As dlmorrese says in his blog, Towel Day is fairly obscure. Today is Towel Day though, and it is the commemoration of renowned author Douglas Adams’ life. Adams of course was the author of the brilliant The Hitchhiker’s Guide to the Galaxy. Towel day started to be commemorated in 2001, two weeks after Adams’ death. You’re encouraged to have your towel with you on this day.
I thought that the towel was a good analog for the predisposition that you might have for doing what you’ve always done and not thinking ‘out of’ the proverbial (constrained) mental box. In this vein I am of course talking about how you work with your SAP system. Many of us cling to metaphorical towels when thinking about how our SAP systems should work in a business setting, the result is that IT professionals in particular, become guardians of the businesses technology, is that the way it should be?
In recent years, with the implementation of more rigorous regulation, many businesses, particularly public traded ones, have been forced to adopt Sarbanes Oxley and IFRS approaches with respect to managing business activities. A lot of these measures have been instituted due to fraud, mismanagement and bad decision making; a knee jerk reaction if you will, to the misbehavior of a marginal few. I say marginal, because of course, I hope it is marginal. Most people, don’t go into business thinking ‘how can I dupe the everyone, make a ton of money and escape undetected?’.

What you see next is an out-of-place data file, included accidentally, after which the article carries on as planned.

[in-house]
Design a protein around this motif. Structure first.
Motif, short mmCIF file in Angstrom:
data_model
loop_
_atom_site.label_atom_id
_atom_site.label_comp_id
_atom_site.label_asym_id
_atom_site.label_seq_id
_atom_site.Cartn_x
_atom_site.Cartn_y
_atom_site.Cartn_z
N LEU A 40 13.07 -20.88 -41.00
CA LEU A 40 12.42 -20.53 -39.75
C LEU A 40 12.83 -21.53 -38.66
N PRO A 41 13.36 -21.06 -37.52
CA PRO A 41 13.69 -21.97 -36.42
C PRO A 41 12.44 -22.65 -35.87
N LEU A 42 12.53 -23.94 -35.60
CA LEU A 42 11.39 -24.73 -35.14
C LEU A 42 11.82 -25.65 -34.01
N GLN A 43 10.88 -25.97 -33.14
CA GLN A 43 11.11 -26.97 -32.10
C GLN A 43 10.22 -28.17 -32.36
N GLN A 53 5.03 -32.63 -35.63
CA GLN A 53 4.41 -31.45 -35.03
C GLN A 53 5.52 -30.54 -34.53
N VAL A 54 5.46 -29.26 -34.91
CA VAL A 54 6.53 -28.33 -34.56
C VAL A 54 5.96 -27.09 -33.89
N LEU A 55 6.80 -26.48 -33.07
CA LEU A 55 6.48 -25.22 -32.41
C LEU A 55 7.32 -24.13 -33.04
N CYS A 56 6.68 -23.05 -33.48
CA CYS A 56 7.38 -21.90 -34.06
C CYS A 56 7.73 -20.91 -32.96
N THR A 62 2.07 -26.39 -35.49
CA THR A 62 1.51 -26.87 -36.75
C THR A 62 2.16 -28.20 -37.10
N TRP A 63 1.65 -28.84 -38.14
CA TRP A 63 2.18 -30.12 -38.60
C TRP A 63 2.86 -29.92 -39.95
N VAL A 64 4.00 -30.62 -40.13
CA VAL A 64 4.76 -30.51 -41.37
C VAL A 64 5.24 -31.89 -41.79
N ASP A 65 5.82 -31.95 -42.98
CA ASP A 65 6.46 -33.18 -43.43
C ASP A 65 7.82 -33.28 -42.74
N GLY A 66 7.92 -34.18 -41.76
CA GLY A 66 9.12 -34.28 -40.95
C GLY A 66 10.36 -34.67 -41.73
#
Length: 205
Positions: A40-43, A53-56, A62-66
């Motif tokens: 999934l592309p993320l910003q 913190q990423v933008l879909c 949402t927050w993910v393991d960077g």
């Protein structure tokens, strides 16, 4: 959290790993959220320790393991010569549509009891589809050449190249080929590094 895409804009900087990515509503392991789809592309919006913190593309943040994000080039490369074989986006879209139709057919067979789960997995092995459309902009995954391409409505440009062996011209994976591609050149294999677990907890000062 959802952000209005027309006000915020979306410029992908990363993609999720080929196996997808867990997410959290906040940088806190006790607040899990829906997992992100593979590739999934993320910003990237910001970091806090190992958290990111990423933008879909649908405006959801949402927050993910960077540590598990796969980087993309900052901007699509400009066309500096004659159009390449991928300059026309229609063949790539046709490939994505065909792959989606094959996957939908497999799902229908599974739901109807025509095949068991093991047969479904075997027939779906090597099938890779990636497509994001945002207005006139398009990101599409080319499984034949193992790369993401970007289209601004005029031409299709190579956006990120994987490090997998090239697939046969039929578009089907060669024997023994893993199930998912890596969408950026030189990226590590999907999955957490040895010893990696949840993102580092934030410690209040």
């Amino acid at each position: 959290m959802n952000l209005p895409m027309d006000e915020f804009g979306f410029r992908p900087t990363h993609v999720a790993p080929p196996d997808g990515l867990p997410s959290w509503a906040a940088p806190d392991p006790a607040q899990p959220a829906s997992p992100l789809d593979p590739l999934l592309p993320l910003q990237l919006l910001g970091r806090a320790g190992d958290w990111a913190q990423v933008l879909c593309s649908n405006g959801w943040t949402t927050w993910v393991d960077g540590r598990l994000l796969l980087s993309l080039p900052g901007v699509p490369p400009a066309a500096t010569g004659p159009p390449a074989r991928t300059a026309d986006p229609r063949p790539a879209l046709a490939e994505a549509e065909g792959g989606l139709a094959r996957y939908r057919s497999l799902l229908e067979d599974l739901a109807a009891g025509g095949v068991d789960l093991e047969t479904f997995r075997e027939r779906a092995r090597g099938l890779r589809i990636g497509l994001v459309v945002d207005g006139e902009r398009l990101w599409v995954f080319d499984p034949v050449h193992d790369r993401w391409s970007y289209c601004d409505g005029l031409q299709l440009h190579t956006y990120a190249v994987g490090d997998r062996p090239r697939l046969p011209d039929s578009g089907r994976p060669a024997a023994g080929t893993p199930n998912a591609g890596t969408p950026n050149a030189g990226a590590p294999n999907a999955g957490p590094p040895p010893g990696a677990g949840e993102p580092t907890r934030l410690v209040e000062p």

Businesses exist to transact and effective business is achieved when the ability to transact is as frictionless as it possibly can be. That means that regulation shouldn’t drag the business process down, it should instead ensure that the business process is not generating unnecessary risk and opening up unnecessary vulnerabilities. This same thinking should be applied to making decisions about technology. The recent news that IBM for example, opened up the concept of BYOD was great news for employees who have a favourite mobile device but of course it very quickly revealed that there were some instances where BYOD introduces unwanted vulnerabilities. The point here, is that the concept of BYOD was entertained and evaluated; accepted and implemented but with some constraints. Measured constraints. Some critical analysis and evaluation was done and that was evident from the constraints applied.
All too often IT seems to think that it is IT’s role to deny first and then concede only under business pressure. My suggestion is that IT consider not ‘throwing in the towel’ but consider ‘changing the towel’. Regulation and policy is often hidden behind, like a Linus van Pelt blanket from the comic strip Peanuts. Changing the Towel brings many opportunities to IT which these days has to endure so many pressures from different groups. Business users who don’t roll their eyes or sigh when they realize they will have to talk to IT about issues will rapidly become partners with IT rather than adversaries but only if IT considers thinking differently.